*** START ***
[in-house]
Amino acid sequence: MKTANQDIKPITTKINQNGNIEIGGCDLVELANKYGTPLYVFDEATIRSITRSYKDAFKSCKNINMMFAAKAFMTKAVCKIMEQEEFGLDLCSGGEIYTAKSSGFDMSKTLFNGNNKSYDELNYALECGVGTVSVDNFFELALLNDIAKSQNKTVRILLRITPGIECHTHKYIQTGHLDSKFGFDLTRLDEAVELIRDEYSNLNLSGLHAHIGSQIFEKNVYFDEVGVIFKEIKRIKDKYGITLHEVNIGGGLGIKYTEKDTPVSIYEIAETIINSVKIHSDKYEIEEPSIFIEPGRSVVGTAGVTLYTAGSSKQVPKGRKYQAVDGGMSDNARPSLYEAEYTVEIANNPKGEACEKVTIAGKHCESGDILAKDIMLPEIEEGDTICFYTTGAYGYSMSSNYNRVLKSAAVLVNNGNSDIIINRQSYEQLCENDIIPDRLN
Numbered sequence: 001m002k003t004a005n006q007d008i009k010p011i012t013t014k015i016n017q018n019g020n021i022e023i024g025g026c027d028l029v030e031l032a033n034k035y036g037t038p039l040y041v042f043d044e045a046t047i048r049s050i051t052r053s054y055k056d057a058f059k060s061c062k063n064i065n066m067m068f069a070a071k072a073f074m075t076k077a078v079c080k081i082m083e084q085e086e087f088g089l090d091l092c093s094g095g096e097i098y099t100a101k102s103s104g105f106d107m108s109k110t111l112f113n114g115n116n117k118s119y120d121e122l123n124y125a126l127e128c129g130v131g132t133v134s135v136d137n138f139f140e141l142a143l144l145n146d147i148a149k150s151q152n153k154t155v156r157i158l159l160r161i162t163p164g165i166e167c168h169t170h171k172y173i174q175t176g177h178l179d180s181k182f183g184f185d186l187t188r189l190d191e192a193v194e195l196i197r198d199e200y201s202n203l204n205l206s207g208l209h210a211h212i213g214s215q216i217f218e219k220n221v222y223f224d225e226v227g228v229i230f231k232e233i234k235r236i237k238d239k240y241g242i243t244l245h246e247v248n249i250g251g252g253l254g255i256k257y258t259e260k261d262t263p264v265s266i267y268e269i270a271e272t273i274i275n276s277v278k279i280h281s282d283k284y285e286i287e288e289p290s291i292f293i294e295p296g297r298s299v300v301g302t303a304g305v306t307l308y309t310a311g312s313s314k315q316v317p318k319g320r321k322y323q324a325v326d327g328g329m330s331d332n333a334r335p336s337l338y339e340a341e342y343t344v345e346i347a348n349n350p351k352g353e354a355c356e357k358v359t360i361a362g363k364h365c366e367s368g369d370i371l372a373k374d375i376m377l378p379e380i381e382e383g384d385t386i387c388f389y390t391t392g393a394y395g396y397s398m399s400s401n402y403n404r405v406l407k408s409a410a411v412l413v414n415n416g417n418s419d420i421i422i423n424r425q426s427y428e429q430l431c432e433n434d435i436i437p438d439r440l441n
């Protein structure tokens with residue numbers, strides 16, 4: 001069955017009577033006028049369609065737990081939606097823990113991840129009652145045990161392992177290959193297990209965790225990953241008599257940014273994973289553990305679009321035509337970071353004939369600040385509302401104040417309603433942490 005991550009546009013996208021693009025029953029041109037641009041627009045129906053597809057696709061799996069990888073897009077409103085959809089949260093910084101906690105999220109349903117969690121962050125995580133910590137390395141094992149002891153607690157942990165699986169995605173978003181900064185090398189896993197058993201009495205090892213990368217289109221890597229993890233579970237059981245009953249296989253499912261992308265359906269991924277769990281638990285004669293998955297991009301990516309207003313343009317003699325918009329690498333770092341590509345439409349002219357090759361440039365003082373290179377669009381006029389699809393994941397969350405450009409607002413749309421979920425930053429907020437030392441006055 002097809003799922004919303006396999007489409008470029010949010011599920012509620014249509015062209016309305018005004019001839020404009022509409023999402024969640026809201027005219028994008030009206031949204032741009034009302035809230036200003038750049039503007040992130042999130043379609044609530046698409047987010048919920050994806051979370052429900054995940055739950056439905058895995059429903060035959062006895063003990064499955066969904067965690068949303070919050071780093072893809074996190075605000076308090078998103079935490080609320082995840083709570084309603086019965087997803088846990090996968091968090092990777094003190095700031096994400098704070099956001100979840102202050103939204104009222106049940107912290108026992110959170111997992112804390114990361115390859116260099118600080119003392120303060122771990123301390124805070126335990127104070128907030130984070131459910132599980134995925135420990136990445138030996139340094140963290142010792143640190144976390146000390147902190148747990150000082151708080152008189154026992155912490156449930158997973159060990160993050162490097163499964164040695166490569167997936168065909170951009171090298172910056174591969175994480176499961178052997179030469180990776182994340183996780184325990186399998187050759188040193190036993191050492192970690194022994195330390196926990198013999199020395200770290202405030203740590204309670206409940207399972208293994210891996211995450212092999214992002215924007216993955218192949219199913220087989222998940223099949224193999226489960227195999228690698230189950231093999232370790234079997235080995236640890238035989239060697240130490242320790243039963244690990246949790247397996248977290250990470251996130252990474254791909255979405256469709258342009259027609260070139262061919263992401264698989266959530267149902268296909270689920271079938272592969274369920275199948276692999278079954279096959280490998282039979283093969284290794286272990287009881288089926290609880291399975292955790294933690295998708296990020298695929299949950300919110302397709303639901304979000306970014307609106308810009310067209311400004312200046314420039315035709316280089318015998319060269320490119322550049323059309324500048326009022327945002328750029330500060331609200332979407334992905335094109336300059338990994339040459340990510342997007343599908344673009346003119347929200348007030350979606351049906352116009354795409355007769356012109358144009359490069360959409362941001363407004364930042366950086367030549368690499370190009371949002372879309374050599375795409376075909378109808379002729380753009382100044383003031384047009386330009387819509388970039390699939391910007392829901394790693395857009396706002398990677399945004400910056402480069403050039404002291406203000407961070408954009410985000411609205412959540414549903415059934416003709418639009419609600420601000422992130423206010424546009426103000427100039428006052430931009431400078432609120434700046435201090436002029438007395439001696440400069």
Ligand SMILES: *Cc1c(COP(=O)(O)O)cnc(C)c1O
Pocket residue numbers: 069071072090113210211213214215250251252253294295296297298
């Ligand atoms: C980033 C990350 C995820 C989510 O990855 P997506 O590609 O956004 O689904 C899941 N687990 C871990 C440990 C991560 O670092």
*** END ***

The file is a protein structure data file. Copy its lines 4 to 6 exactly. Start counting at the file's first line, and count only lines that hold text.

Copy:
């Protein structure tokens with residue numbers, strides 16, 4: 001069955017009577033006028049369609065737990081939606097823990113991840129009652145045990161392992177290959193297990209965790225990953241008599257940014273994973289553990305679009321035509337970071353004939369600040385509302401104040417309603433942490 005991550009546009013996208021693009025029953029041109037641009041627009045129906053597809057696709061799996069990888073897009077409103085959809089949260093910084101906690105999220109349903117969690121962050125995580133910590137390395141094992149002891153607690157942990165699986169995605173978003181900064185090398189896993197058993201009495205090892213990368217289109221890597229993890233579970237059981245009953249296989253499912261992308265359906269991924277769990281638990285004669293998955297991009301990516309207003313343009317003699325918009329690498333770092341590509345439409349002219357090759361440039365003082373290179377669009381006029389699809393994941397969350405450009409607002413749309421979920425930053429907020437030392441006055 002097809003799922004919303006396999007489409008470029010949010011599920012509620014249509015062209016309305018005004019001839020404009022509409023999402024969640026809201027005219028994008030009206031949204032741009034009302035809230036200003038750049039503007040992130042999130043379609044609530046698409047987010048919920050994806051979370052429900054995940055739950056439905058895995059429903060035959062006895063003990064499955066969904067965690068949303070919050071780093072893809074996190075605000076308090078998103079935490080609320082995840083709570084309603086019965087997803088846990090996968091968090092990777094003190095700031096994400098704070099956001100979840102202050103939204104009222106049940107912290108026992110959170111997992112804390114990361115390859116260099118600080119003392120303060122771990123301390124805070126335990127104070128907030130984070131459910132599980134995925135420990136990445138030996139340094140963290142010792143640190144976390146000390147902190148747990150000082151708080152008189154026992155912490156449930158997973159060990160993050162490097163499964164040695166490569167997936168065909170951009171090298172910056174591969175994480176499961178052997179030469180990776182994340183996780184325990186399998187050759188040193190036993191050492192970690194022994195330390196926990198013999199020395200770290202405030203740590204309670206409940207399972208293994210891996211995450212092999214992002215924007216993955218192949219199913220087989222998940223099949224193999226489960227195999228690698230189950231093999232370790234079997235080995236640890238035989239060697240130490242320790243039963244690990246949790247397996248977290250990470251996130252990474254791909255979405256469709258342009259027609260070139262061919263992401264698989266959530267149902268296909270689920271079938272592969274369920275199948276692999278079954279096959280490998282039979283093969284290794286272990287009881288089926290609880291399975292955790294933690295998708296990020298695929299949950300919110302397709303639901304979000306970014307609106308810009310067209311400004312200046314420039315035709316280089318015998319060269320490119322550049323059309324500048326009022327945002328750029330500060331609200332979407334992905335094109336300059338990994339040459340990510342997007343599908344673009346003119347929200348007030350979606351049906352116009354795409355007769356012109358144009359490069360959409362941001363407004364930042366950086367030549368690499370190009371949002372879309374050599375795409376075909378109808379002729380753009382100044383003031384047009386330009387819509388970039390699939391910007392829901394790693395857009396706002398990677399945004400910056402480069403050039404002291406203000407961070408954009410985000411609205412959540414549903415059934416003709418639009419609600420601000422992130423206010424546009426103000427100039428006052430931009431400078432609120434700046435201090436002029438007395439001696440400069």
Ligand SMILES: *Cc1c(COP(=O)(O)O)cnc(C)c1O
Pocket residue numbers: 069071072090113210211213214215250251252253294295296297298